Fake ‘trooper’ scamming peninsula residents

KENAI — Alaska State Troopers are warning Kenai Peninsula residents to be aware of a scam in which a caller pretends to be a trooper.

Recently, a number of people have reported that someone claiming to be an officer named Trooper Turnbull has been calling Alaskans and saying they have outstanding arrest warrants and need to pay to have them cleared. The caller then often asks the person to purchase a prepayment card and read the numbers to him over the phone, which can’t be traced or undone, said Trooper Ryan Tennis of the Soldotna post. There is no Trooper Turnbull, he said.

Some victims are losing hundreds of dollars — he said one victim lost about $1,500, while others have lost around $900, and there’s essentially no chance to get the money back, he said.

“It’s coming up to Christmas — that’s pretty devastating for people,” he said. “That’s a (Permanent Fund) Dividend.”

The victims he has spoken to say there are red flags throughout the conversation that should have tipped them off that it was a scam — for instance, “Trooper Turnbull” pronounces Kenai and Soldotna incorrectly, Tennis said. The scammer also works to keep people on the phone so they don’t have the chance to call and verify with anyone else about the warrants, he said.

The scam has been going on around Alaska since at least November 2015 to victims all over the state, according to an Alaska State Troopers Facebook post from Nov. 20, 2015. Alaska State Troopers will never ask for payment over the phone, nor would they ever negotiate for payment in lieu of an arrest, according to the post. Reports of similar scams, sometimes called “arrest warrant scams,” have circulated all over the country for several years.

Tennis encouraged people to at least Google the situation or check social media to see if someone else has experienced a similar scam. Any active warrants can also be found on Courtview, Alaska’s public online court information system.

“(People) can look their own name up in Courtview,” he said. “It’d show up on our system. Don’t just send money.”

People who receive the calls should pay attention to the red flags and always call a second source to verify if they think they are being scammed. Other types of scams, such as the Publishers Clearinghouse, require people to submit payment to “unlock” money the scammers say they have won in a contest, another warning, Tennis said.

Alaska State Troopers don’t keep a running list of ongoing scams, but they can help people with information if other have reported a similar scam.

• Elizabeth Earl is a reporter for the Kenai Peninsula Clarion and can be reached at elizabeth.earl@peninsulaclarion.com.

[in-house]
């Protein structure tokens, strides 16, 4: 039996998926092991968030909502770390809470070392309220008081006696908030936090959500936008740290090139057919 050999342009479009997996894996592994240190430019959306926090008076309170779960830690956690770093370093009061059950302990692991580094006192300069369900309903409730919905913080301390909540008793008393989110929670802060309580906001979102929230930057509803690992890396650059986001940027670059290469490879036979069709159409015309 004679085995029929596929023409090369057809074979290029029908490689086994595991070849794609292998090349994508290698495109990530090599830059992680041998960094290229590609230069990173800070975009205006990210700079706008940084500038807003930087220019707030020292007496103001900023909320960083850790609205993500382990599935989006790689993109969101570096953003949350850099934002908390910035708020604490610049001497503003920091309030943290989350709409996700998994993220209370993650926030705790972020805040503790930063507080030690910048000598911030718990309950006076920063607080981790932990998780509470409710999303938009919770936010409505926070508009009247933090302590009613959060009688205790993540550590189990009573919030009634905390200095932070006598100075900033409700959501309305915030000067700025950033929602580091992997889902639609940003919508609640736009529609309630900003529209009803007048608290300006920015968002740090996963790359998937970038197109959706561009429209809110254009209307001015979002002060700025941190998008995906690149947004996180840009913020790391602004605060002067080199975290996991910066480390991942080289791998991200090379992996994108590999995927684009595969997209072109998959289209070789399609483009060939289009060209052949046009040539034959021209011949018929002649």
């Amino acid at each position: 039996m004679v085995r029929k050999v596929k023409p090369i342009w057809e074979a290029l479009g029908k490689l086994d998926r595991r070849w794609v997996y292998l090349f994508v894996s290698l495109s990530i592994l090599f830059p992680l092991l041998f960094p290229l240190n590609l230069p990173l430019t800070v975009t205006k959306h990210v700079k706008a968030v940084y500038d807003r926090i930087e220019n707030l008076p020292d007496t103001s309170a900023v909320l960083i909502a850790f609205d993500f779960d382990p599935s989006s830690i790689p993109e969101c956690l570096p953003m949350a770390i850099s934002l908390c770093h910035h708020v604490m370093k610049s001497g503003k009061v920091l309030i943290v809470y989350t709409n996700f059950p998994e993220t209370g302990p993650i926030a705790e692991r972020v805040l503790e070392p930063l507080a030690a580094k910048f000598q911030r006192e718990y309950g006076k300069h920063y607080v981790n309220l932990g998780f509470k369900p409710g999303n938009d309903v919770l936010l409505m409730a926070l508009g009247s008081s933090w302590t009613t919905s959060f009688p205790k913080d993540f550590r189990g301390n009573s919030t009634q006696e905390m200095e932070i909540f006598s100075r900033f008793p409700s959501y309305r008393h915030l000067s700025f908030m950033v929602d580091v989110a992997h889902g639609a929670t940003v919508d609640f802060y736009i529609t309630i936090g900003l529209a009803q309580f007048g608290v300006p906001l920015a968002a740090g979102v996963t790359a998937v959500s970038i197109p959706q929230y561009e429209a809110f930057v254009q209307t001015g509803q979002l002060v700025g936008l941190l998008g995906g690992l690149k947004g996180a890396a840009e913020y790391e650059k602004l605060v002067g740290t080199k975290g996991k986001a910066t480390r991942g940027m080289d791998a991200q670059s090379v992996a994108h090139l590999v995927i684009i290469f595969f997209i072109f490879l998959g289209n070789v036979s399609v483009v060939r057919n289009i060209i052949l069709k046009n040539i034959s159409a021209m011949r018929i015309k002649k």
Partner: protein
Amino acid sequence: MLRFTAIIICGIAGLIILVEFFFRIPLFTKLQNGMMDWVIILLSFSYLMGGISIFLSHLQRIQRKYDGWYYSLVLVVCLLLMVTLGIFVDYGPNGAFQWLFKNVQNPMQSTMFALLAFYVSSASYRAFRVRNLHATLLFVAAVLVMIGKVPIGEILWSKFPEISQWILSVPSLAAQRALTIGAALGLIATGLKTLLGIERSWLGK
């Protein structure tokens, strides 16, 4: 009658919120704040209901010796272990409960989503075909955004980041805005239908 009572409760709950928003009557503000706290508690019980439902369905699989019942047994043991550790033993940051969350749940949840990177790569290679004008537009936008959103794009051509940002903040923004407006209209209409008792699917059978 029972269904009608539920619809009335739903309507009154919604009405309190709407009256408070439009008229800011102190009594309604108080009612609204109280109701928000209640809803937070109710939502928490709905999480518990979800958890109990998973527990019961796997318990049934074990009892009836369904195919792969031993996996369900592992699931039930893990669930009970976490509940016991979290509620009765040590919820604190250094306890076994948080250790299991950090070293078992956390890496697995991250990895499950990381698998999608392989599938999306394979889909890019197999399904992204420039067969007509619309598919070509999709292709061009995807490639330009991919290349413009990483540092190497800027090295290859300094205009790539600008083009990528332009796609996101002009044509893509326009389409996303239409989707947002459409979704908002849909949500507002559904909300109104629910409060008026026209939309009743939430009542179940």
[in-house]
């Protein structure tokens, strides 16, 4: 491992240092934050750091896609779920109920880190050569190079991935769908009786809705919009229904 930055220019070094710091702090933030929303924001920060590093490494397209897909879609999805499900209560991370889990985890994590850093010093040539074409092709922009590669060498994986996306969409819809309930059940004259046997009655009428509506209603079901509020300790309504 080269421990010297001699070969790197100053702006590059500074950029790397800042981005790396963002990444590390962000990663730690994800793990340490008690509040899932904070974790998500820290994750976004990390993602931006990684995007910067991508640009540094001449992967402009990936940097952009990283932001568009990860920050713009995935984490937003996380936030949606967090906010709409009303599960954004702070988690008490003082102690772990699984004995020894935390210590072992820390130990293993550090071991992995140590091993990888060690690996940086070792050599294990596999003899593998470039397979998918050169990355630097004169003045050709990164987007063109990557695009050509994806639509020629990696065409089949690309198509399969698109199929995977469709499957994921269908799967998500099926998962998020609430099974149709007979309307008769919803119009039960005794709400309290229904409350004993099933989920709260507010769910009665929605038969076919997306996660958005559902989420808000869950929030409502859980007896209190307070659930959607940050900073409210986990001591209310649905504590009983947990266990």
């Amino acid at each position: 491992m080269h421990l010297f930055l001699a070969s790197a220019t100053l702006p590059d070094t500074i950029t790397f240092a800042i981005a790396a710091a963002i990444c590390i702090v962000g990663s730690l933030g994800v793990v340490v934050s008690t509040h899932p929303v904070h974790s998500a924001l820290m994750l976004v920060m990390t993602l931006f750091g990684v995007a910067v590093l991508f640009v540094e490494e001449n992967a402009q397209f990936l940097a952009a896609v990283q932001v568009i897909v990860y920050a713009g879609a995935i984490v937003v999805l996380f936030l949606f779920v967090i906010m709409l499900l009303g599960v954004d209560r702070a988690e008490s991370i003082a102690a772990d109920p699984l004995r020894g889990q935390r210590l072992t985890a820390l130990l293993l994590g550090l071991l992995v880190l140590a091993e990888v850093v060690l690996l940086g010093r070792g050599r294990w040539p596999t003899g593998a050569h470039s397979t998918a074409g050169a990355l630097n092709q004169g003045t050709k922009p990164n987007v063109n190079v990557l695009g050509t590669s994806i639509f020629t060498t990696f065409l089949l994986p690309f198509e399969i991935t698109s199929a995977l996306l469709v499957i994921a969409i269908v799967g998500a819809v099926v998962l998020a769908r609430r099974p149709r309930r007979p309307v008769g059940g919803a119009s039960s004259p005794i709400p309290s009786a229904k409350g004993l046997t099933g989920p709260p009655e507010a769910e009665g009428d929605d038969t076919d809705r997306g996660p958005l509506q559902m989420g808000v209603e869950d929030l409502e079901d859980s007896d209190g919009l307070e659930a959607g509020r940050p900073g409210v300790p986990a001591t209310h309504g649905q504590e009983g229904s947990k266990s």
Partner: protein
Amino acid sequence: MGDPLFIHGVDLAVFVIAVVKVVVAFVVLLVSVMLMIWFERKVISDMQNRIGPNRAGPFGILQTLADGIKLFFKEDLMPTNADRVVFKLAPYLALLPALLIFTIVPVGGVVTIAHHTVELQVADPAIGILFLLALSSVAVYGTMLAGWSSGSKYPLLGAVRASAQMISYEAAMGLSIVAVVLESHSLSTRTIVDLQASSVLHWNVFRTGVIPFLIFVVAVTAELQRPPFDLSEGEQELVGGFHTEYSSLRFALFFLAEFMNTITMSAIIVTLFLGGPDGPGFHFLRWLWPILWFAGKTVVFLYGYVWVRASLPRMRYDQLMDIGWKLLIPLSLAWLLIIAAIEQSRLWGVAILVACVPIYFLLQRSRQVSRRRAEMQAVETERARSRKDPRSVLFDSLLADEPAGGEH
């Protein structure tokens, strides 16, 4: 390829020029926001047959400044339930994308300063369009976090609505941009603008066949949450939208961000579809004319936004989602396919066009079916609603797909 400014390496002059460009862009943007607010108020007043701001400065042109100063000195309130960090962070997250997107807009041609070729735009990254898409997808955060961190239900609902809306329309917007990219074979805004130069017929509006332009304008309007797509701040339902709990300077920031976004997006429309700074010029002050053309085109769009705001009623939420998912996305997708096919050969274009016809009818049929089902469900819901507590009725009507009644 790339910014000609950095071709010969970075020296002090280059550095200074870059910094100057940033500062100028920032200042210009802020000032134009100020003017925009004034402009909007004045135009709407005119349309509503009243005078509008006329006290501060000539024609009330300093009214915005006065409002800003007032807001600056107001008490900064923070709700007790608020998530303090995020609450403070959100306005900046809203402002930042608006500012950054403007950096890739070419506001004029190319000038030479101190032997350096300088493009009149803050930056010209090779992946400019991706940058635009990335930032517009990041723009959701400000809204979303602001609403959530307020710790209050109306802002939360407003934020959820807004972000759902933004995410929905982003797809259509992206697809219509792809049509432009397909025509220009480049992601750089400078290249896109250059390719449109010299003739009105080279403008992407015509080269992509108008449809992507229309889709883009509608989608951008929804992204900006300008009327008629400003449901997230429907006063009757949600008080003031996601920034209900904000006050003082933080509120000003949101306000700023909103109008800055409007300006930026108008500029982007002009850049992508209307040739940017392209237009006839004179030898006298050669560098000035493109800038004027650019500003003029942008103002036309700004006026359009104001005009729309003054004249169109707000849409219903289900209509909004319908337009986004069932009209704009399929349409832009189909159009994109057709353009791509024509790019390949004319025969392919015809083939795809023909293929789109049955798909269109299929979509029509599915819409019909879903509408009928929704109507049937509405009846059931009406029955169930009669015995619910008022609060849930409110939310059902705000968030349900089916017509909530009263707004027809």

More in News

The Aurora Borealis glows over the Mendenhall Glacier in 2014. (Michael Penn / Juneau Empire File)
Aurora Forecast

Forecasts from the University of Alaska Fairbanks’ Geophysical Institute for the week of Feb. 5

U.S. Sen. Dan Sullivan, addressing a joint session of the Alaska State Legislature on Tuesday,
What sunk an icebreaker in Juneau at the last moment?

Sullivan, in a “bit of hearsay,” blames last-minute swap for border funds by still-unknown person

Chunks of ice break off the Perito Moreno Glacier, in Lake Argentina, at Los Glaciares National Park, near El Calafate, in Argentina's Patagonia region, March 10, 2016. As glaciers melt and pour massive amounts of water into nearby lakes, 15 million people across the globe live under the threat of a sudden and deadly outburst flood, a new study finds. (AP Photo / Francisco Munoz)
Study: 15 million people live under threat of glacial floods

More than half of those are in just four countries: India, Pakistan, Peru and China.

Ben Hohenstatt / Juneau Empire File 
A porcupine dines in mid-August near the Mendnehall Glacier.
On the Trails: Putting a finer point on porcupines

Plants such as roses and devil’s club aren’t the only prickly ones…

(Michael Penn / Juneau Empire File)
Police calls for Tuesday, Feb. 7, 2023

This report contains information from law enforcement and public safety agencies.

U.S. Sen. Dan Sullivan addresses a joint session of the Alaska State Legislature in the House chambers on Tuesday. The Republican senator, appearing on the same day as Democratic President Joe Biden’s State of the Union speech (and thus absent from it), criticized the administration on issues ranging from drugs to opposing resource development in Alaska. (Mark Sabbatini / Juneau Empire)
Sullivan applauds, denounces feds in speech to Legislature

Senator praises ferry funds and monitoring of China’s balloon, fears Biden limiting oil project.

Members of the Juneau Police Department pose for a group photo during the annual JPD awards ceremony on Monday. (Jonson Kuhn / Juneau Empire)
JPD honors officers in annual award ceremony

The late Chief Pat Wellington presented with legislative memoriam.

Mark Sabbatini / Juneau Empire 
Edward Richards, left, a high school student in the Sitka School District, talks about the lack of mental health services in Alaska’s public schools as part of the testimony also offered by district Superintendent Frank Hauser, center, and student Felix Myers during a Senate Education Meeting on Monday at the Alaska State Capitol. The committee is proposing a 17% increase in the state’s school funding formula, which was remained essentially flat since 2017.
School’s in at the Capitol

Students and education leaders from around state make case for more classroom cash.

Most Read